To investigate the effect of compression factor on visual performance in orthokeratology (ortho-k).
Myopic adults were fitted with ortho-k lenses with either a 0.75 diopter (D) or 1.75 D compression factor. Higher-order aberrations (HOAs), corneal topography, and responses to the National Eye Institute/Refractive Error Quality of Life Instrument-42 questionnaire were measured at baseline and 6-month and 12-month follow-up along with a satisfaction questionnaire. Subjective refraction, high-contrast, and low-contrast visual acuity were measured at baseline and 1-day, 1-week, 6-month, and 12-month follow-up.
Forty-four myopic (mean spherical equivalent refraction: −3.66±0.84 D) adults (median age 25 years) completed the 12-month follow-up. After ortho-k lens wear, levels of satisfaction of vision after waking were significantly higher than vision before sleep for both compression factors (both P<0.01). The increased compression factor (ICF) resulted in less myopia at the 1-week visit (P=0.04) and better high-contrast unaided visual acuity at the 1-day visit (P=0.03) compared with the conventional compression factor (CCF). No other significant differences were observed for the compression factor for treatment zone diameter, lens decentration, or any subjective measurements. Individual HOA terms , , , and were significantly higher in the CCF group (0.75 D) (all P<0.05). The HOA visual Strehl ratio decreased significantly after lens wear (P<0.001) but did not vary with the compression factor.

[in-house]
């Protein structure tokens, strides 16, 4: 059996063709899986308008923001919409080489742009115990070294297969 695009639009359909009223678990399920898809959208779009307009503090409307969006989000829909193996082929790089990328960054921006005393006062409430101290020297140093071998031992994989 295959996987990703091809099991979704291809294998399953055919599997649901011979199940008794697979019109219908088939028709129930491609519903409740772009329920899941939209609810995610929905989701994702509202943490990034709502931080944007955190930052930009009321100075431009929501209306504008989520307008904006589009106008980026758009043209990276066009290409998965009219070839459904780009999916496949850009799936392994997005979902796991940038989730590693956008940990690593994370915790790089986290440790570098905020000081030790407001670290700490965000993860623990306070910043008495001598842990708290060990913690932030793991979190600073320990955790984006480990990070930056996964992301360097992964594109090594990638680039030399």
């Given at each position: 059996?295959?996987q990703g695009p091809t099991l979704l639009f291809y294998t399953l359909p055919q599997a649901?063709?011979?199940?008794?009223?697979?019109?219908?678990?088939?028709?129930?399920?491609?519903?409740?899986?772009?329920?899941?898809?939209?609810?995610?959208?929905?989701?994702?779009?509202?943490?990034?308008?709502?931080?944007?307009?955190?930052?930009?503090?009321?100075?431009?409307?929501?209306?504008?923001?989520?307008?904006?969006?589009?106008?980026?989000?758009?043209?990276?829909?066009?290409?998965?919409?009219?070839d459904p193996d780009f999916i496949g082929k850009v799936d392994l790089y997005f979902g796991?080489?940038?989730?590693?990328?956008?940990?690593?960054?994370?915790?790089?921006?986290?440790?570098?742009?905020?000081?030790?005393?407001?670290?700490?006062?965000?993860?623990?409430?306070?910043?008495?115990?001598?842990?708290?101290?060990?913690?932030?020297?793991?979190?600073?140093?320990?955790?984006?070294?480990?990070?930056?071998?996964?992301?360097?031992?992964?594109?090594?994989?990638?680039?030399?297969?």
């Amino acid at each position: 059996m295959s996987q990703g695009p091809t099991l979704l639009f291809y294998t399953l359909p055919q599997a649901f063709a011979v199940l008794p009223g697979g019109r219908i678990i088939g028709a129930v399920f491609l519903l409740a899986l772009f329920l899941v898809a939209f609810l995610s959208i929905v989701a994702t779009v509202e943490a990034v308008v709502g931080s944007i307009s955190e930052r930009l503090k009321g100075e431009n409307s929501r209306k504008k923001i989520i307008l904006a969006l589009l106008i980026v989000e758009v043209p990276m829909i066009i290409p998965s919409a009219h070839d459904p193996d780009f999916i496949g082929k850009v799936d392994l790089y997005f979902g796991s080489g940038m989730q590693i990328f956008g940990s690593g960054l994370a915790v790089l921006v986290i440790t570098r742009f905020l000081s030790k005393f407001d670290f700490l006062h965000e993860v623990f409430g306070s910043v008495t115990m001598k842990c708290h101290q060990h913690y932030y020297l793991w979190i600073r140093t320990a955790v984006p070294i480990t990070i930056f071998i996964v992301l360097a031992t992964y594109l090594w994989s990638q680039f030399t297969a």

An ICF did not result in clinically significant differences in subjective refraction, visual acuity, unaided vision, or the total ocular HOA profile compared with a CCF (0.75 D) in myopic adults after long-term ortho-k lens wear.